Provided by: qmail_1.06-4_i386 bug


       qmail-remote - send mail via SMTP


       qmail-remote host sender recip [ recip ...  ]


       qmail-remote  reads a mail message from its input and sends the message
       to one or more recipients at a remote host.

       The remote host is qmail-remote's first argument,  host.   qmail-remote
       sends  the  message  to host, or to a mail exchanger for host listed in
       the Domain Name System, via the Simple Mail Transfer  Protocol  (SMTP).
       host can be either a fully-qualified domain name:


       or an IP address enclosed in brackets:


       The  envelope  recipient  addresses  are  listed  as recip arguments to
       qmail-remote.  The envelope sender address is listed as sender.

       Note that qmail-remote does not take options and does  not  follow  the
       getopt standard.


       End-of-file in SMTP is encoded as dot CR LF.  A dot at the beginning of
       a line is encoded as dot dot.  It is  impossible  in  SMTP  to  send  a
       message  that  does  not end with a newline.  qmail-remote converts the
       UNIX newline convention into the SMTP newline convention  by  inserting
       CR before each LF.

       It  is a violation of the SMTP protocol to send a message that contains
       long lines or non-ASCII characters.  However, qmail-remote will happily
       send   such  messages.   It  is  the  user's  responsibility  to  avoid
       generating illegal messages.


       qmail-remote prints some number of recipient  reports,  followed  by  a
       message  report.   Each  report is terminated by a 0 byte.  Each report
       begins with a single letter:

       r    Recipient report: acceptance.

       h    Recipient report: permanent rejection.

       s    Recipient report: temporary rejection.

       K    Message  report:  success.   host  has  taken  responsibility  for
            delivering the message to each acceptable recipient.

       Z    Message report: temporary failure.

       D    Message report: permanent failure.

       After this letter comes a human-readable description of what happened.

       The  recipient  reports  will  always  be  printed in the same order as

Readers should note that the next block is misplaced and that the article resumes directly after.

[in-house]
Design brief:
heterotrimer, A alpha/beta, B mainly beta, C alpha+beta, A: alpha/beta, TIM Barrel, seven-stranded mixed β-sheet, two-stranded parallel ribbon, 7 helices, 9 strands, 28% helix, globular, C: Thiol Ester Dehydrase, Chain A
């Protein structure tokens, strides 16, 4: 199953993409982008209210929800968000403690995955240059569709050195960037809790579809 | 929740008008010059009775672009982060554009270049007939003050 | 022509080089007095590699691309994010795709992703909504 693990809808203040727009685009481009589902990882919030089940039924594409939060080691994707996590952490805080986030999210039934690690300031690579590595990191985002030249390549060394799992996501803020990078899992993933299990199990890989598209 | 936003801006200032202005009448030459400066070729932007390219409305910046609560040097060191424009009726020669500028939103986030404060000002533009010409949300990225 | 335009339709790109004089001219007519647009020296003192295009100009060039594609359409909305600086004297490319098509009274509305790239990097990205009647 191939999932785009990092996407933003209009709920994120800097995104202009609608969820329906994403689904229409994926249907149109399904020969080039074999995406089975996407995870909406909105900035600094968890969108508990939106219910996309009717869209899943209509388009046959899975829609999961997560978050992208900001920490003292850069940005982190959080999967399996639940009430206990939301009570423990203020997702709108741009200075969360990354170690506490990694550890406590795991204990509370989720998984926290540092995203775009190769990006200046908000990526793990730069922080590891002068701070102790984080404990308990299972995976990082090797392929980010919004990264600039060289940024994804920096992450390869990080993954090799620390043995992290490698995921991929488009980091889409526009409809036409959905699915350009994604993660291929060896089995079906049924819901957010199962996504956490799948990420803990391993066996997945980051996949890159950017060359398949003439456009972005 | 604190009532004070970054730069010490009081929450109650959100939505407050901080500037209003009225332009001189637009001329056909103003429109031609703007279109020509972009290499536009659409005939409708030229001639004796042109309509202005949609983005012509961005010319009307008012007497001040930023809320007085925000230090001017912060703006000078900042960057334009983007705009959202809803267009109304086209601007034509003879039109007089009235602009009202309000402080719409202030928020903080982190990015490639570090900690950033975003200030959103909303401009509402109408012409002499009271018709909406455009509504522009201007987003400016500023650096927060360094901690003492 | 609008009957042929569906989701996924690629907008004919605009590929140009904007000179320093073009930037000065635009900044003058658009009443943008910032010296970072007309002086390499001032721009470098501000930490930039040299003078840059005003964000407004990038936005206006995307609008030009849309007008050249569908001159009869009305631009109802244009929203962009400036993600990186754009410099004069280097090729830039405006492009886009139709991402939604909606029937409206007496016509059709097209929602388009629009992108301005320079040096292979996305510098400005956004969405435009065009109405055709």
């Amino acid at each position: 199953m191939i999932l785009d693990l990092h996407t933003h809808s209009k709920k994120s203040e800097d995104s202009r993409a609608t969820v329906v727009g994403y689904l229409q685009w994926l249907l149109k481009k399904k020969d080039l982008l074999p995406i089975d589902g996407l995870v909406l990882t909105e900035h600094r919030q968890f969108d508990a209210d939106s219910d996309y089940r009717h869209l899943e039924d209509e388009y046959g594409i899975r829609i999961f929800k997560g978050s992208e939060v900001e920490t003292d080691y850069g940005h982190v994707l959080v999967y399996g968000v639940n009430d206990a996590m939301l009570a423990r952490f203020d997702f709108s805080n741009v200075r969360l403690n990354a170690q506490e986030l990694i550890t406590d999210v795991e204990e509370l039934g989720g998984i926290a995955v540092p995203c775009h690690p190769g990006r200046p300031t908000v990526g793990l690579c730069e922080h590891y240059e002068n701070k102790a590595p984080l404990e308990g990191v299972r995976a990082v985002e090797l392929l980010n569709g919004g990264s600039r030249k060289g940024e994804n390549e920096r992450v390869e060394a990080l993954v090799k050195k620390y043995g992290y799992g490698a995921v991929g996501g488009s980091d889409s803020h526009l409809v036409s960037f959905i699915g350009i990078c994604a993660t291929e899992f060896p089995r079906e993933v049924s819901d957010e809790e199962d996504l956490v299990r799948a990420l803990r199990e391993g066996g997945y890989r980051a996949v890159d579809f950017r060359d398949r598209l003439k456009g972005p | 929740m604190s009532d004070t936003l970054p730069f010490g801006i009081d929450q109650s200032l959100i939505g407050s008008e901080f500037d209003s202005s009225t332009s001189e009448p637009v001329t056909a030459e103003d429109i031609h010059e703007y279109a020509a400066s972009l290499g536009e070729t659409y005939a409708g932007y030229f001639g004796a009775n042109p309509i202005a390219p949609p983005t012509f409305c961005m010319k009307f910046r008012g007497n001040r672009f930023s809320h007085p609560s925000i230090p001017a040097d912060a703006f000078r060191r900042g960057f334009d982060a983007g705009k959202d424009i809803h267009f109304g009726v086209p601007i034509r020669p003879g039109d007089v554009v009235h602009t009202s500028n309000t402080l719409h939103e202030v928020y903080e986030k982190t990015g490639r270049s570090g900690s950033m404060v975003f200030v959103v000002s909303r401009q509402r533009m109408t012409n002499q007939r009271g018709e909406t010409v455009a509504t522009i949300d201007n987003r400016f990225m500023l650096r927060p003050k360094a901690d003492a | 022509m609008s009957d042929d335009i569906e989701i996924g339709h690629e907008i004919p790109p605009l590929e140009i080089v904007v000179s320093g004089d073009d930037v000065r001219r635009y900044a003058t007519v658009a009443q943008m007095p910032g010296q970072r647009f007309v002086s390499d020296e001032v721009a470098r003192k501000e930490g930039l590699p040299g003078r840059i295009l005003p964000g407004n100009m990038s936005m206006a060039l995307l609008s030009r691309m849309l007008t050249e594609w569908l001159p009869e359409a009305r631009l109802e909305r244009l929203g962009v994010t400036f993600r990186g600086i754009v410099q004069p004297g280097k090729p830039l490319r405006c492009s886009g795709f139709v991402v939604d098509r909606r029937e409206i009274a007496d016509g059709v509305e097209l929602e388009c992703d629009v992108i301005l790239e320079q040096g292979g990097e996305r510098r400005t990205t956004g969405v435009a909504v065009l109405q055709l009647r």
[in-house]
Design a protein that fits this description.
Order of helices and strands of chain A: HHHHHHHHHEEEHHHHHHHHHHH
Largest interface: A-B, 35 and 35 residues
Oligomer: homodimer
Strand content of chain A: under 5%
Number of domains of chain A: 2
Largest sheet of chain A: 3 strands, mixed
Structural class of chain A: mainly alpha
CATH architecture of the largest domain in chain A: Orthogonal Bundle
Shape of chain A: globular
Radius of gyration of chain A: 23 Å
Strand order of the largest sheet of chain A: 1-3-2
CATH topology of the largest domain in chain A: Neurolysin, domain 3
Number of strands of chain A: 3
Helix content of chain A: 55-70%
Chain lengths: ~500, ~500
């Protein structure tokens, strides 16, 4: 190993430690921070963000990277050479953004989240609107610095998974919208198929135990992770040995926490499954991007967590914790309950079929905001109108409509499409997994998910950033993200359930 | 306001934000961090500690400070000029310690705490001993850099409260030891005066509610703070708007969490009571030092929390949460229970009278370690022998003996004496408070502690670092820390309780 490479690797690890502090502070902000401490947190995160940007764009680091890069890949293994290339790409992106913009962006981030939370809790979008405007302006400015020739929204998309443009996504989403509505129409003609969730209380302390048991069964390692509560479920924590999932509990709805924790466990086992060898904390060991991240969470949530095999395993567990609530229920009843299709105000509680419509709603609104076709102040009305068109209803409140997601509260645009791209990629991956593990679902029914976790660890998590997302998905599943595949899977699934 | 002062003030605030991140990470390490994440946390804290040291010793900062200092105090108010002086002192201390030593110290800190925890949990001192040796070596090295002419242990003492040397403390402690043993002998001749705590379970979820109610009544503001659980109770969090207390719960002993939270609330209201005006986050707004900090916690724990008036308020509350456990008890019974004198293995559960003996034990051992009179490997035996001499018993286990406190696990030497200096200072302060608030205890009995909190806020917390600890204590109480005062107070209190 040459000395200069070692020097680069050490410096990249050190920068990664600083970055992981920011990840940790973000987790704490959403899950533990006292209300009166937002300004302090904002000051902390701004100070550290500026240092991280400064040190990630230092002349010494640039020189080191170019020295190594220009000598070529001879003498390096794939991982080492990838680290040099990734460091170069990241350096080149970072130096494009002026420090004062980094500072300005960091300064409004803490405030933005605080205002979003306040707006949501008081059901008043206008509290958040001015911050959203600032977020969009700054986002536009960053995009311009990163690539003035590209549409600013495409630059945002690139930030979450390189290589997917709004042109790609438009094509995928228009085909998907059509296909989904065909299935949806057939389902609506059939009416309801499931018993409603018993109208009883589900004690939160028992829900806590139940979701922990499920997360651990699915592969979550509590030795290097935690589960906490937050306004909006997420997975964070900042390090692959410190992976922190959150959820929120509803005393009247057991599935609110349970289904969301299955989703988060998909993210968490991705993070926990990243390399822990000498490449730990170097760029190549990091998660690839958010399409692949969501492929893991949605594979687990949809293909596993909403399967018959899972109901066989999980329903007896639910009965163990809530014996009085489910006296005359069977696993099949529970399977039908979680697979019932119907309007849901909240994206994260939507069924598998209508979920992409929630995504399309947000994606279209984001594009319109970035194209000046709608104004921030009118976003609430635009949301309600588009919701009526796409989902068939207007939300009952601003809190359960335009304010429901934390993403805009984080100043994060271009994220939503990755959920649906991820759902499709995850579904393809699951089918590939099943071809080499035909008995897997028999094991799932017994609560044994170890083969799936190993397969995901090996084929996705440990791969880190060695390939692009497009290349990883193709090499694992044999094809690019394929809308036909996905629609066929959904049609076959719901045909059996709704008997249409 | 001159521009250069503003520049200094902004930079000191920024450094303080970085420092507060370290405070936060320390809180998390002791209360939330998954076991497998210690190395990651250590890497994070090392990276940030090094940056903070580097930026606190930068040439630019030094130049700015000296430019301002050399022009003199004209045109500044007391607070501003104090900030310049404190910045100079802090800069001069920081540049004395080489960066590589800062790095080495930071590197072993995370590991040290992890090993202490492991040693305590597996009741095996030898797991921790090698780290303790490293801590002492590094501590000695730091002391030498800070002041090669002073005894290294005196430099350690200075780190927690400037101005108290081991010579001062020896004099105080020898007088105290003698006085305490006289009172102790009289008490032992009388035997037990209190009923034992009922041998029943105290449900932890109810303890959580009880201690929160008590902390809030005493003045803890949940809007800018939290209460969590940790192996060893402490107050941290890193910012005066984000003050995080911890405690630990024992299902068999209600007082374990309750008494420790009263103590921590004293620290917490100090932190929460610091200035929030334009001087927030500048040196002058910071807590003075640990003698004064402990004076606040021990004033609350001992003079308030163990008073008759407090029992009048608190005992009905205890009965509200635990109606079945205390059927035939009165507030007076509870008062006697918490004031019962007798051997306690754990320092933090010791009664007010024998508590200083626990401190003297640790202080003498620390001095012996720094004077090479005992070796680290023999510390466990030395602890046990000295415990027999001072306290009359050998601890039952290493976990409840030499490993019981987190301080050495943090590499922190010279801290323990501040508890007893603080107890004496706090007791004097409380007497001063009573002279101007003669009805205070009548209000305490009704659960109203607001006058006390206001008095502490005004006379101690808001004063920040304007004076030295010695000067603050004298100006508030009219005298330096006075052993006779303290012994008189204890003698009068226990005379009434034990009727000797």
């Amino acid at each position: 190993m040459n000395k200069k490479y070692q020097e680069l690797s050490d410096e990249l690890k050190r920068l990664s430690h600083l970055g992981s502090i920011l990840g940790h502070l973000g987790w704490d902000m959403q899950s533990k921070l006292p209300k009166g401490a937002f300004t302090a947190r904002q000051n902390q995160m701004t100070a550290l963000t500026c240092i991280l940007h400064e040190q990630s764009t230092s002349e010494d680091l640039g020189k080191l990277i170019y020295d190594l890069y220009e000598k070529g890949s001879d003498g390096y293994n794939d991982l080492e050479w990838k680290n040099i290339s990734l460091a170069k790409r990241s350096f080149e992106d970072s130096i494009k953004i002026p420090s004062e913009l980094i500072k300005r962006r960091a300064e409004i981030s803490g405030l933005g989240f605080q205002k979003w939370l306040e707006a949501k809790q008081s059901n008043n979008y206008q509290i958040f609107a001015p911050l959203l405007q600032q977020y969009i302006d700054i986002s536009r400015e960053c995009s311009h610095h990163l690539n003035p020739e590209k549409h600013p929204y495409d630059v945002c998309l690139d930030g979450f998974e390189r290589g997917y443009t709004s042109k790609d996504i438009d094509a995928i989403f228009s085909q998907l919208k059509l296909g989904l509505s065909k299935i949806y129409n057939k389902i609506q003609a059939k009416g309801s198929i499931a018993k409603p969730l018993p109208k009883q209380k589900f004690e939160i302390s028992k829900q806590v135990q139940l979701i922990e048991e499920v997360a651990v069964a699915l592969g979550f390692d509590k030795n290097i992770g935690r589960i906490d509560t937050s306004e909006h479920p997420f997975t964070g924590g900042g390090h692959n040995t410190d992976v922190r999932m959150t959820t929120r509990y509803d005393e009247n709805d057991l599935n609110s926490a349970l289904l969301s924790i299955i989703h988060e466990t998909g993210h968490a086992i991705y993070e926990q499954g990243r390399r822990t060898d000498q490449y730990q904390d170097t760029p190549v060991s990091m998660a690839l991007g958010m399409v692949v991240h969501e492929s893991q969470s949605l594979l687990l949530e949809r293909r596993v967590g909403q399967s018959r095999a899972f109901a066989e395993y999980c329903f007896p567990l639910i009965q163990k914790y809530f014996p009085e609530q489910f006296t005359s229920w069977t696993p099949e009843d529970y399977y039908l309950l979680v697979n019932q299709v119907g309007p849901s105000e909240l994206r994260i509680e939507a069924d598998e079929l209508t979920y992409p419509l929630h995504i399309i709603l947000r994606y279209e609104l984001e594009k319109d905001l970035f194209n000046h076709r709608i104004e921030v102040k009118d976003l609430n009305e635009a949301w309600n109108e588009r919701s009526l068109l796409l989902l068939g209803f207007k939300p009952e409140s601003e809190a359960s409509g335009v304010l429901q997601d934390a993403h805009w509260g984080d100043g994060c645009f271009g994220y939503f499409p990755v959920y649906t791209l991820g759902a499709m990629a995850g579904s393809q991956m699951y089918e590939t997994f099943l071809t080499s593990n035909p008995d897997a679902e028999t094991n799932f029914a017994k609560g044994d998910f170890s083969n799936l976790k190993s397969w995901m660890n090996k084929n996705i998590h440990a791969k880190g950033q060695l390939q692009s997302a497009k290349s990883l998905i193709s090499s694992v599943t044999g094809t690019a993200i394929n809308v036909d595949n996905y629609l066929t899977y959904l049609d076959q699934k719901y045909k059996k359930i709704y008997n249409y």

qmail-remote's recip arguments.  Note that in failure cases  there  may
       be fewer recipient reports than recip arguments.

       qmail-remote always exits zero.


            Current  host  name,  for use solely in saying hello to the remote
            SMTP server.  Default: me, if that is supplied;  otherwise  qmail-
            remote refuses to run.

            Artificial  SMTP  routes.   Each  route has the form domain:relay,
            without any extra spaces.  If domain  matches  host,  qmail-remote
            will  connect  to relay, as if host had relay as its only MX.  (It
            will also avoid doing any  CNAME  lookups  on  recip.)   host  may
            include  a  colon  and  a port number to use instead of the normal
            SMTP port, 25:


            relay may be empty; this tells qmail-remote to look up MX  records
            as usual.  smtproutes may include wildcards:


            Here  any  address  ending with (but not itself) is
            routed by its MX records; any other address is artificially routed

            The  qmail system does not protect you if you create an artificial
            mail loop between machines.  However, you are  always  safe  using
            smtproutes if you do not accept mail from the network.

            Number  of  seconds  qmail-remote  will  wait  for the remote SMTP
            server to accept a connection.  Default: 60.  The kernel  normally
            imposes a 75-second upper limit.

            Number  of  seconds  qmail-remote will wait for each response from
            the remote SMTP server.  Default: 1200.


       addresses(5),  envelopes(5),  qmail-control(5),  qmail-send(8),  qmail-
       smtpd(8), qmail-tcpok(8), qmail-tcpto(8)